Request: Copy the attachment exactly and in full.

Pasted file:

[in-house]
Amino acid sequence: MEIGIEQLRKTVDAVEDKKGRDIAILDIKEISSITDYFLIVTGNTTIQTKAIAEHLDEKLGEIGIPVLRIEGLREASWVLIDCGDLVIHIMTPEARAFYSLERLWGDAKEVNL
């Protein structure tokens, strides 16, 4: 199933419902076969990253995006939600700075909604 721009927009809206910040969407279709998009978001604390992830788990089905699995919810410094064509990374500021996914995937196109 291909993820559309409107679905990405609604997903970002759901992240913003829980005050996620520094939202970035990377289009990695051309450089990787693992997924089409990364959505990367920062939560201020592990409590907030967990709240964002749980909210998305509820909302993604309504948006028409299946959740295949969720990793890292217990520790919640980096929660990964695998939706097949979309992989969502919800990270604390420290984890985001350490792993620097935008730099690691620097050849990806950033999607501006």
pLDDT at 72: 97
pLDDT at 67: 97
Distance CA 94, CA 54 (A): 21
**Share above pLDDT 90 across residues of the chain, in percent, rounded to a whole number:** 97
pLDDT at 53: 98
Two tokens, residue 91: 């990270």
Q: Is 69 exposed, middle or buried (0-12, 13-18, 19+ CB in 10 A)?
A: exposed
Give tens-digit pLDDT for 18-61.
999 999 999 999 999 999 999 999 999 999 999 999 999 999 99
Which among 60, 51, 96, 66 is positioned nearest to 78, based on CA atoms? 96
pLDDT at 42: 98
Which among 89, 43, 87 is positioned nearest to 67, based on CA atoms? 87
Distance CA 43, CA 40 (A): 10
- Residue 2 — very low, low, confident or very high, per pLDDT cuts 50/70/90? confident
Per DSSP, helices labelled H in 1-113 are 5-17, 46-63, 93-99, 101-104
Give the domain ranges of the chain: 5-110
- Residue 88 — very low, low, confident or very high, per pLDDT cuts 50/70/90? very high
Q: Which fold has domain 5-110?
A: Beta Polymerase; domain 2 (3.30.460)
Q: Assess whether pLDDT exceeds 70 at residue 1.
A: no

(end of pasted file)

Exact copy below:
[in-house]
Amino acid sequence: MEIGIEQLRKTVDAVEDKKGRDIAILDIKEISSITDYFLIVTGNTTIQTKAIAEHLDEKLGEIGIPVLRIEGLREASWVLIDCGDLVIHIMTPEARAFYSLERLWGDAKEVNL
């Protein structure tokens, strides 16, 4: 199933419902076969990253995006939600700075909604 721009927009809206910040969407279709998009978001604390992830788990089905699995919810410094064509990374500021996914995937196109 291909993820559309409107679905990405609604997903970002759901992240913003829980005050996620520094939202970035990377289009990695051309450089990787693992997924089409990364959505990367920062939560201020592990409590907030967990709240964002749980909210998305509820909302993604309504948006028409299946959740295949969720990793890292217990520790919640980096929660990964695998939706097949979309992989969502919800990270604390420290984890985001350490792993620097935008730099690691620097050849990806950033999607501006």
pLDDT at 72: 97
pLDDT at 67: 97
Distance CA 94, CA 54 (A): 21
**Share above pLDDT 90 across residues of the chain, in percent, rounded to a whole number:** 97
pLDDT at 53: 98
Two tokens, residue 91: 């990270």
Q: Is 69 exposed, middle or buried (0-12, 13-18, 19+ CB in 10 A)?
A: exposed
Give tens-digit pLDDT for 18-61.
999 999 999 999 999 999 999 999 999 999 999 999 999 999 99
Which among 60, 51, 96, 66 is positioned nearest to 78, based on CA atoms? 96
pLDDT at 42: 98
Which among 89, 43, 87 is positioned nearest to 67, based on CA atoms? 87
Distance CA 43, CA 40 (A): 10
- Residue 2 — very low, low, confident or very high, per pLDDT cuts 50/70/90? confident
Per DSSP, helices labelled H in 1-113 are 5-17, 46-63, 93-99, 101-104
Give the domain ranges of the chain: 5-110
- Residue 88 — very low, low, confident or very high, per pLDDT cuts 50/70/90? very high
Q: Which fold has domain 5-110?
A: Beta Polymerase; domain 2 (3.30.460)
Q: Assess whether pLDDT exceeds 70 at residue 1.
A: no